This Is How Your Body Responds to a Potentially Deadly Fungus

Just like our body has a specific reaction to the flu (fever, muscle pain, fatigue) every infection has its own set of countermeasures that our immune system deploys to fight against them. However, while our defense mechanism against influenza is pretty well-studied, some rarer infections are still being researched. That’s certainly the case with Aspergillus fumigatus – a type of fungus that has potentially deadly implications for the human health.

So, what is the body’s response to aspergillosis?

About Aspergillus Fungus

Like many other types of fungi, Aspergillus fungus is present in our daily lives without causing any problems. We breathe in Aspergillus spores every day, as they travel through the air freely. These spores present no problems for healthy people but can be very dangerous for those with weakened immune systems.

Once it enters the system of a person with a weaker immune system, Aspergillus can cause an infection known as aspergillosis which can cause allergic reactions, lung infections, and infections of many other organs. This infection is considered a major complication for people who are undergoing transplantation procedures, as their immune systems are often compromised.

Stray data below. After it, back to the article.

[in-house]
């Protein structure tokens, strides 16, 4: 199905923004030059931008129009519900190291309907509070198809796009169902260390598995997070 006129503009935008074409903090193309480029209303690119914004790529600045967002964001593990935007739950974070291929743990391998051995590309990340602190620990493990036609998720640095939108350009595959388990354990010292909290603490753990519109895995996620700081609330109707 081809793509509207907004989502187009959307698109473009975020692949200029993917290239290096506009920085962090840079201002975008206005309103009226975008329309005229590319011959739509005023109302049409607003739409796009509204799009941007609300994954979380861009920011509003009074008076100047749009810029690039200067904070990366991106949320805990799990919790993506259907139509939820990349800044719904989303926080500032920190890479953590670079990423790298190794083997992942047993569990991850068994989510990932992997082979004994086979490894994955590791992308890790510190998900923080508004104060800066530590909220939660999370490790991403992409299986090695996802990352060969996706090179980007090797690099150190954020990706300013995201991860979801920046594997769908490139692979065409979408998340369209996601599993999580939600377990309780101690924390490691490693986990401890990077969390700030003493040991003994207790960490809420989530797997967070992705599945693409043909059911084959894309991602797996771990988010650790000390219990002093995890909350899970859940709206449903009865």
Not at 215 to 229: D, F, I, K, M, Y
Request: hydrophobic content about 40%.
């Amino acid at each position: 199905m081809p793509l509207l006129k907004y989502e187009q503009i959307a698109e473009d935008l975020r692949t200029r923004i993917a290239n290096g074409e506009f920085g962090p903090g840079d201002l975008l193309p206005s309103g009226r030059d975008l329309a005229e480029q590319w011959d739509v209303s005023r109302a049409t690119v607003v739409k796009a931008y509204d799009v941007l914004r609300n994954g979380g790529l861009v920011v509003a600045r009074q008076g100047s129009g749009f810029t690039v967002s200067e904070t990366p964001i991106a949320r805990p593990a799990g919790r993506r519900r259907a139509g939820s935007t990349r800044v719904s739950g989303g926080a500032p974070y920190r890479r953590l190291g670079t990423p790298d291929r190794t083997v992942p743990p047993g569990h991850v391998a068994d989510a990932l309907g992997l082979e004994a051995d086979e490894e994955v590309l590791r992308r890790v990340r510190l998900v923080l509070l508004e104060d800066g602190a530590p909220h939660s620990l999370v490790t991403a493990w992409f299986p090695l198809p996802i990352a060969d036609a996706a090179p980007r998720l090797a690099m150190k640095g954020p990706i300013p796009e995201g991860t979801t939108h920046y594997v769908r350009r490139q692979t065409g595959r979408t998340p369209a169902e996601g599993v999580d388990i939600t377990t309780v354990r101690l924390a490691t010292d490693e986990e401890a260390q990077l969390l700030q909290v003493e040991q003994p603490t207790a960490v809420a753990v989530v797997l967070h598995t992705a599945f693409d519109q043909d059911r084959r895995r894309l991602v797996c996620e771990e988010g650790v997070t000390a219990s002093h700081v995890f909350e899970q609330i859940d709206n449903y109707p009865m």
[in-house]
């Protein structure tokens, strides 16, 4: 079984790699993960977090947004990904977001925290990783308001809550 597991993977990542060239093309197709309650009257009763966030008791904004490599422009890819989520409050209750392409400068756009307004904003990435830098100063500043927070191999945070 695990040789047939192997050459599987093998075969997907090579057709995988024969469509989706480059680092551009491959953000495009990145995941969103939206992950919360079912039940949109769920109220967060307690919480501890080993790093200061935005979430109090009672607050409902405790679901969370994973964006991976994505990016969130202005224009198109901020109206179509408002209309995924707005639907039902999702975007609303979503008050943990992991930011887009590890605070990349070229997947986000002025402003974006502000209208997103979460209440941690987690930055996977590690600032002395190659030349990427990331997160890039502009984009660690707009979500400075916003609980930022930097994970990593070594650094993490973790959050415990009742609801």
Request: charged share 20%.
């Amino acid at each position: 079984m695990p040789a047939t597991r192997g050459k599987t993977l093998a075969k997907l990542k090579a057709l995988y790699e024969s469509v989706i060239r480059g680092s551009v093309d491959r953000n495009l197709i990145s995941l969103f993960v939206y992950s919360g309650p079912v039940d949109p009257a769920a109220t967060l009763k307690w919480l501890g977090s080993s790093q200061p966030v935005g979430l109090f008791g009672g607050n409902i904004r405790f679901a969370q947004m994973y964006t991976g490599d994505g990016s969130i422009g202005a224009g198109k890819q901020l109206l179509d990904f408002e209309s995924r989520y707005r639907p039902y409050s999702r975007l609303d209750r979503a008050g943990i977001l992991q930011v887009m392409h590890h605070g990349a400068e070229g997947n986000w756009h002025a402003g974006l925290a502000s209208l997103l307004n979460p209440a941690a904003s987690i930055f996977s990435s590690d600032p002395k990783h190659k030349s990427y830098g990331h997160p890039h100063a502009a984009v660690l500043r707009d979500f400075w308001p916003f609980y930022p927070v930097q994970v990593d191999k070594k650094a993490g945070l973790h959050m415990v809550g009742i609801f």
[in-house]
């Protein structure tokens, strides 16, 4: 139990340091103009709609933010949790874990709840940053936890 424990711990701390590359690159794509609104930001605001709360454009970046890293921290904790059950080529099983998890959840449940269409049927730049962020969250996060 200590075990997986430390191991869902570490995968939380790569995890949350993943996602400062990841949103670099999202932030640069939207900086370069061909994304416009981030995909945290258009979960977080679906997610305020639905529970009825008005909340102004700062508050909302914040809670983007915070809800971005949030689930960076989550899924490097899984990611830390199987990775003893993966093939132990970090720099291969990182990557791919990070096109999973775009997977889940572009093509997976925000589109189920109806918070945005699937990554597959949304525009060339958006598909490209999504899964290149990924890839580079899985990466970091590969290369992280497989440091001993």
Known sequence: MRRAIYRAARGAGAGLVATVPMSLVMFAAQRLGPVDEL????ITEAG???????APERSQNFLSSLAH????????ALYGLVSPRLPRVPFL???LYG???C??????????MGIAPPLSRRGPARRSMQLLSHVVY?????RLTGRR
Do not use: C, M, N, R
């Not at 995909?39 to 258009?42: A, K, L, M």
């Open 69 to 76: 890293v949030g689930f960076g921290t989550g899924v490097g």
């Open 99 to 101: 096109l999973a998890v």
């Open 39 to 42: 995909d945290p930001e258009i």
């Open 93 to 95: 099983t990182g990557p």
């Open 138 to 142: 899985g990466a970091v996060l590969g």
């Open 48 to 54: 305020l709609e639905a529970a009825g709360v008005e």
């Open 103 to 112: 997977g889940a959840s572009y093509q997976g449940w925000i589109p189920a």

Body’s Response to Aspergillosis

Until recently, the scientists didn’t really understand how our bodies reacted to this infection. However, discoveries from a study published in the Nature journal show encouraging results.

The scientists discovered a previously unknown receptor (MelLec) that recognizes melanin – a specific pigment present in the fungi. Since it was previously believed that our immune systems recognized only the sugars found in the fungi cell wall, this could be a major discovery that could lead to better understanding and diagnosis of this infection.


The discoveries about our body’s response to aspergillosis seem encouraging. These discoveries open a whole new line of inquiry for future studies and present the medical community with exciting opportunities for treatment development.

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